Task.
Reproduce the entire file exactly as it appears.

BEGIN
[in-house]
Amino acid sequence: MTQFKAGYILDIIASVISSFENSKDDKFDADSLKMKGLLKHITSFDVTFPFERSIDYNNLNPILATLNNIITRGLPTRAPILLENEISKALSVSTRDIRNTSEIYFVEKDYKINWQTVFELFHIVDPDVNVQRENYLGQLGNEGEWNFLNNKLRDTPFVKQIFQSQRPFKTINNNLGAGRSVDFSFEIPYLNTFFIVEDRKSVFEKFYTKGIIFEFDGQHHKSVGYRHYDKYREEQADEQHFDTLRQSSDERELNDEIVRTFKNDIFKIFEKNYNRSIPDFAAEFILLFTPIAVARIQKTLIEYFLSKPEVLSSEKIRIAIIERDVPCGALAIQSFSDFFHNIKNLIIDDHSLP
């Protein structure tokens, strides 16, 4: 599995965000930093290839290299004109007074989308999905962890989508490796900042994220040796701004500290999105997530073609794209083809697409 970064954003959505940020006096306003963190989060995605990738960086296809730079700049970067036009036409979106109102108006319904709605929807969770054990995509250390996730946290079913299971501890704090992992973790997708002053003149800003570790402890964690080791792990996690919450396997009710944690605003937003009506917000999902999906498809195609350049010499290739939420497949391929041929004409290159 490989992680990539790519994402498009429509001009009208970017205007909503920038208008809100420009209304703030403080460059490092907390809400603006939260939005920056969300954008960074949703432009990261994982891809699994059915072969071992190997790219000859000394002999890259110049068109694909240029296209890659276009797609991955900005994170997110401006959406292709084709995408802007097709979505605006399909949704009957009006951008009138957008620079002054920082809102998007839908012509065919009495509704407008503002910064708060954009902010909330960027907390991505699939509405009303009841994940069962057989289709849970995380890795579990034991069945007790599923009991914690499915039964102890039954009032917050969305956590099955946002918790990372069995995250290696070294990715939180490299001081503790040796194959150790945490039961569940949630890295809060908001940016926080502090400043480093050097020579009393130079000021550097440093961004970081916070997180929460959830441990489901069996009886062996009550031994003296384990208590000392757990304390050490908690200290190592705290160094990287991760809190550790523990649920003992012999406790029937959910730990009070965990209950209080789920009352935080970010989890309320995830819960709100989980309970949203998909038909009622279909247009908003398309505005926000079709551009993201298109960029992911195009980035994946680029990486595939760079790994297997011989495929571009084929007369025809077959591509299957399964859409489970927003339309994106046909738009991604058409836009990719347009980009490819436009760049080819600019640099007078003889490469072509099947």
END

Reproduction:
[in-house]
Amino acid sequence: MTQFKAGYILDIIASVISSFENSKDDKFDADSLKMKGLLKHITSFDVTFPFERSIDYNNLNPILATLNNIITRGLPTRAPILLENEISKALSVSTRDIRNTSEIYFVEKDYKINWQTVFELFHIVDPDVNVQRENYLGQLGNEGEWNFLNNKLRDTPFVKQIFQSQRPFKTINNNLGAGRSVDFSFEIPYLNTFFIVEDRKSVFEKFYTKGIIFEFDGQHHKSVGYRHYDKYREEQADEQHFDTLRQSSDERELNDEIVRTFKNDIFKIFEKNYNRSIPDFAAEFILLFTPIAVARIQKTLIEYFLSKPEVLSSEKIRIAIIERDVPCGALAIQSFSDFFHNIKNLIIDDHSLP
């Protein structure tokens, strides 16, 4: 599995965000930093290839290299004109007074989308999905962890989508490796900042994220040796701004500290999105997530073609794209083809697409 970064954003959505940020006096306003963190989060995605990738960086296809730079700049970067036009036409979106109102108006319904709605929807969770054990995509250390996730946290079913299971501890704090992992973790997708002053003149800003570790402890964690080791792990996690919450396997009710944690605003937003009506917000999902999906498809195609350049010499290739939420497949391929041929004409290159 490989992680990539790519994402498009429509001009009208970017205007909503920038208008809100420009209304703030403080460059490092907390809400603006939260939005920056969300954008960074949703432009990261994982891809699994059915072969071992190997790219000859000394002999890259110049068109694909240029296209890659276009797609991955900005994170997110401006959406292709084709995408802007097709979505605006399909949704009957009006951008009138957008620079002054920082809102998007839908012509065919009495509704407008503002910064708060954009902010909330960027907390991505699939509405009303009841994940069962057989289709849970995380890795579990034991069945007790599923009991914690499915039964102890039954009032917050969305956590099955946002918790990372069995995250290696070294990715939180490299001081503790040796194959150790945490039961569940949630890295809060908001940016926080502090400043480093050097020579009393130079000021550097440093961004970081916070997180929460959830441990489901069996009886062996009550031994003296384990208590000392757990304390050490908690200290190592705290160094990287991760809190550790523990649920003992012999406790029937959910730990009070965990209950209080789920009352935080970010989890309320995830819960709100989980309970949203998909038909009622279909247009908003398309505005926000079709551009993201298109960029992911195009980035994946680029990486595939760079790994297997011989495929571009084929007369025809077959591509299957399964859409489970927003339309994106046909738009991604058409836009990719347009980009490819436009760049080819600019640099007078003889490469072509099947």